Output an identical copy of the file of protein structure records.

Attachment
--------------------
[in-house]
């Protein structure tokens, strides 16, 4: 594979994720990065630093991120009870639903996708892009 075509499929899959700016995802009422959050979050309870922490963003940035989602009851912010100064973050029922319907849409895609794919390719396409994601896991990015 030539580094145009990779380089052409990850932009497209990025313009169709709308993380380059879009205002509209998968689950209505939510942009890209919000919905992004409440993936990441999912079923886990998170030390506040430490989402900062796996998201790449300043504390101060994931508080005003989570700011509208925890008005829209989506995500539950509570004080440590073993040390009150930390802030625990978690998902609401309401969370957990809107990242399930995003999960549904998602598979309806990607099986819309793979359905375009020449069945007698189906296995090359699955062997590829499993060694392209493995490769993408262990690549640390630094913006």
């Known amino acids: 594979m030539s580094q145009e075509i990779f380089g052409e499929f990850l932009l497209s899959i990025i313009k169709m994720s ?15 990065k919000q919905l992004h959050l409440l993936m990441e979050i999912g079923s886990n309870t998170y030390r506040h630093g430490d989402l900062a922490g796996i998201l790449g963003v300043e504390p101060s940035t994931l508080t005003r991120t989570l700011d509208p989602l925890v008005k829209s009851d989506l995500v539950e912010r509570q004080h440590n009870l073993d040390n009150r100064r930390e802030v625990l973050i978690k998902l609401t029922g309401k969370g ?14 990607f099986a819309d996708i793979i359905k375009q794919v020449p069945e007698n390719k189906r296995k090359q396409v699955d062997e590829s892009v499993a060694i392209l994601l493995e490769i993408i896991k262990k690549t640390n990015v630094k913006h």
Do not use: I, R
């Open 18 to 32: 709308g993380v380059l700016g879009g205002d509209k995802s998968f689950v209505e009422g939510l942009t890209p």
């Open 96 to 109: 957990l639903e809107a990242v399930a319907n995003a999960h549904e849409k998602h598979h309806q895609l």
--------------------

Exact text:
[in-house]
């Protein structure tokens, strides 16, 4: 594979994720990065630093991120009870639903996708892009 075509499929899959700016995802009422959050979050309870922490963003940035989602009851912010100064973050029922319907849409895609794919390719396409994601896991990015 030539580094145009990779380089052409990850932009497209990025313009169709709308993380380059879009205002509209998968689950209505939510942009890209919000919905992004409440993936990441999912079923886990998170030390506040430490989402900062796996998201790449300043504390101060994931508080005003989570700011509208925890008005829209989506995500539950509570004080440590073993040390009150930390802030625990978690998902609401309401969370957990809107990242399930995003999960549904998602598979309806990607099986819309793979359905375009020449069945007698189906296995090359699955062997590829499993060694392209493995490769993408262990690549640390630094913006």
């Known amino acids: 594979m030539s580094q145009e075509i990779f380089g052409e499929f990850l932009l497209s899959i990025i313009k169709m994720s ?15 990065k919000q919905l992004h959050l409440l993936m990441e979050i999912g079923s886990n309870t998170y030390r506040h630093g430490d989402l900062a922490g796996i998201l790449g963003v300043e504390p101060s940035t994931l508080t005003r991120t989570l700011d509208p989602l925890v008005k829209s009851d989506l995500v539950e912010r509570q004080h440590n009870l073993d040390n009150r100064r930390e802030v625990l973050i978690k998902l609401t029922g309401k969370g ?14 990607f099986a819309d996708i793979i359905k375009q794919v020449p069945e007698n390719k189906r296995k090359q396409v699955d062997e590829s892009v499993a060694i392209l994601l493995e490769i993408i896991k262990k690549t640390n990015v630094k913006h």
Do not use: I, R
């Open 18 to 32: 709308g993380v380059l700016g879009g205002d509209k995802s998968f689950v209505e009422g939510l942009t890209p």
């Open 96 to 109: 957990l639903e809107a990242v399930a319907n995003a999960h549904e849409k998602h598979h309806q895609l």